Hugh Covers Time Out Sydney; Men’s Fitness

Hugh, just like Wolverine, Real Steel is a highly physical part. How do you stay in such great shape?
I love boxing — I grew up doing it. I do a lot of training still. I train at this gym. They train you as if you are preparing for a title fight, but you don’t get hit like a big fighter. That’s a perk.

We hear you worked with one of boxing’s all-time greats, Sugar Ray Leonard. What’s he like?
I was starstruck when I met Sugar Ray. He’s so good looking. He’s very open as a person. I really wanted to find out what it’s like to celebrate a comeback. He was open about how lonely it was as a fighter. He talked to me about the relationship between the corner guy and the boxer. You have to get that look, he kept telling me.

Real Steel deals with fatherhood. We always see pictures of you playing with your kids. You’re setting the bar pretty high for all the dads out there…
I don’t know if I am the perfect dad but I am kind of a big kid myself. And as an actor I have permission to play. I like to think I am a better father than my character in this film — I mean, Charlie [Kenton] wasn’t even there for the first ten years of his kid’s life.

It’s well known that your father raised you [in Wahroonga] after your parents’ divorce, but did he have a lot of time for you?
There wasn’t a lot of deep talking and discussions when I grew up. My dad worked full-time as an accountant. For most of the time he was a single parent with five kids. He was an amazing man. On holiday he would camp with us on the beach. Five kids in a tent on a beach! It must have been brutal for him. How did he do it? I appreciate it a lot more today, what he did for us.

How do you spend the holidays with your kids?
Much fancier! [laughs] We are going to France, to Provence. We are renting a house down there. I like to get away from it all. I still like to go camping — but not on a beach.

READ MORE IN THE PRESS ARCHIVE.

It’s midmorning in a Brooklyn restaurant overlooking the East River, and I’m waiting for Hugh Jackman. Leading up to our MF interview, I had read articles, watching interviews, and spoken with former co-stars about the actor-singer-dancer-do-it-all and learned that, in an industry replete with jerks, Jackman give Tom Hanks a run for his money as Hollywood’s most likable leading man. He’s never chased starlets or stormed off a set because there were red M&Ms in his trailer’s candy bowl. Instead, he’s known for breaking into song and dance on movie sets and planning his workday around his kids. Although Jackman earned a reported $20 million for his next turn as Wolverine, the 43-year-old still troves his son to school every morning. “He’s easily the nicest guy in Hollywood,” says Shawn Levy, who directed Jackman in DreamWorks’ new robo-boxing movie, Real Steel. “And it’s not an act. There’s no on-off switch. He is an open, gracious, generous human being all the time.”

And yet I’m wary of Mr. Nice Guy. As a cynical native New Yorker, I am convinced that an A-lister like Jackman doesn’t ascend to uberfame by being completely and utterly kind. Since we’re about to spend the day together, perhaps I’ll catch a few seconds of celebrity ego.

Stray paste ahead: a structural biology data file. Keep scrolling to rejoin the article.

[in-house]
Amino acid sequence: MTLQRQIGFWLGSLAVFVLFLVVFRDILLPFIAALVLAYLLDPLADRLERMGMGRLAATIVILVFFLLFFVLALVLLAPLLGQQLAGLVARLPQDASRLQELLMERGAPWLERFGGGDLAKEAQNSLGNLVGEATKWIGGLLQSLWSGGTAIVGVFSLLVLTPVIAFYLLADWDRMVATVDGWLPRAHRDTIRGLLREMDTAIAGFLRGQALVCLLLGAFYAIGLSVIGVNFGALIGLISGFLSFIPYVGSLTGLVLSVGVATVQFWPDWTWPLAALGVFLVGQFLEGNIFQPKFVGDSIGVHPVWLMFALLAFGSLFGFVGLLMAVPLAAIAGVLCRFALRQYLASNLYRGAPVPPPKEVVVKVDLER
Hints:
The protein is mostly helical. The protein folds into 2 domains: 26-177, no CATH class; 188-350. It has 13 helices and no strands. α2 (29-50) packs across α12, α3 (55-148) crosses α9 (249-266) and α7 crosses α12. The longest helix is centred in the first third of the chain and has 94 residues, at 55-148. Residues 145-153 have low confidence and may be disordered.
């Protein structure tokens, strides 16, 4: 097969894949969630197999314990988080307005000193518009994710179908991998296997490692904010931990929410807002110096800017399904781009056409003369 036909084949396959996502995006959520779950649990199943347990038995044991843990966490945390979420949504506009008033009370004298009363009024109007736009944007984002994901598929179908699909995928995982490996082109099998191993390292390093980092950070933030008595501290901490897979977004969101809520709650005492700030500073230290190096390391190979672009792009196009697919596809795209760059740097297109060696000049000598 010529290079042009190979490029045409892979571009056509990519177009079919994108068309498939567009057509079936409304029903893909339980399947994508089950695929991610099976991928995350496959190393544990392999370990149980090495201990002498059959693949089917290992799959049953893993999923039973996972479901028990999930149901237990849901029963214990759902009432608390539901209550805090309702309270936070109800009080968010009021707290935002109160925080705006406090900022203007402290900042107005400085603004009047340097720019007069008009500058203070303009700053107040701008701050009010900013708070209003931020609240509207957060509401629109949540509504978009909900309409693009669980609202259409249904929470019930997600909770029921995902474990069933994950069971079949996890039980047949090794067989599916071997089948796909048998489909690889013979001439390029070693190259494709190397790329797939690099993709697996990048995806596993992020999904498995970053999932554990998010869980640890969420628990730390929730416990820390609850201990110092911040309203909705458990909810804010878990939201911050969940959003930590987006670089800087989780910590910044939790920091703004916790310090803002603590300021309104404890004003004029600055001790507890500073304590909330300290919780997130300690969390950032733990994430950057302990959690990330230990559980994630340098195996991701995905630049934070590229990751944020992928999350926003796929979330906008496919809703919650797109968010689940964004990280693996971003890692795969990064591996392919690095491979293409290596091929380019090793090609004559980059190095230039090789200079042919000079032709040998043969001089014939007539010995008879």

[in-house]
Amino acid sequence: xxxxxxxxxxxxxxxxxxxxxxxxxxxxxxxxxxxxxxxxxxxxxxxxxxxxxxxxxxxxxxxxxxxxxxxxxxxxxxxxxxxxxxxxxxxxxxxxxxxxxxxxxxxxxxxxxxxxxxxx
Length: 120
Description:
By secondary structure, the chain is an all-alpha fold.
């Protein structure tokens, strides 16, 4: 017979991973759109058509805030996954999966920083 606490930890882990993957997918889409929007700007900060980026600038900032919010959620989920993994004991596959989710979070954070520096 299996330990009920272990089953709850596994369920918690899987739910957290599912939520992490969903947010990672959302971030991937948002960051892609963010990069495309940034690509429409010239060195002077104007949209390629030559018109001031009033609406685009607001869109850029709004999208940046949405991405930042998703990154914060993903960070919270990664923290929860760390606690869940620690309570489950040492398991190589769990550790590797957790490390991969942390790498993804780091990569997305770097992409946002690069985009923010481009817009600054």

Jackman shows up to breakfast sporting a fitted gray T-shirt and a two-day beard. He immediately displays nonsuperstar characteristics. He is prompt, arrives alone, and, perhaps most surprising, does not wield any sort of phone/handheld device. He melts the waitress with his supernova smile. Then, after ordering hot water with lemon, grapefruit juice, and an omelet with “loads of veggies,” he stars chatting as if we were old frat brothers.

Since Real Steel centers on boxing – Jackman plays Charlie Kenton, a down-on-his-luck former boxer and deadbeat dad who train robots to fight – the first topic is sports. Jackman grew up in Sydney, a city of sportsmen. He was swimming before he could walk and banging bodies on the rugby pitch till he bled. “I’ve always loved to play,” he says. “It’s the lifestyle I’ve always known.” While he still maintains a variety of outdoor pursuits – kayaking with former Australian Ironman surf champion Guy Leech, swimming with a triathlon group, body surfing, and golfing – a superstar can only do so much. “[Actor and director] Ed Burns told me how he plays tennis all the time,” says Jackman. “I’d love to do my cardio on the cout instead of on the treadmill, but it’s not easy to arrange these days.”

What does come easily for Jackman, however, is his ability to converse about all kinds of topics. Concerned with today’s sedentary habits of American children, he explains that his two kids, Oscar, 11, and Ava, 6, are “not allowed to watch any screens” during the week.” A typical “good day” is lunch with Deborra-Lee Furness, his wife of 15 years, a walk, an hour of singing, and a visit with friends. A mention of his 2008 People magazine “Sexiest Man Alive” crown elicits self-deprecation. “An old friend of mine e-mailed me and said he had cowboy boots sexier than me,” he says. He discusses his extensive charitable projects, inquires sincerely about my career and life and, perhaps most surprisingly, he’s not on his iPhone when I return from the bathroom. Instead he’s by the front door waiting for me. “Ready, mate?” he asks.

READ MORE IN THE PRESS ARCHIVE.

Hugh is currently on the cover of a couple of magazines, including Time Out Sydney and Men’s Fitness. HJF is happy to provide scans of his feature articles, which can now be viewed in the gallery and the press archive. Many thanks to Jenny for scanning TOS and to Claudia for bringing the MF’s scans to my attention!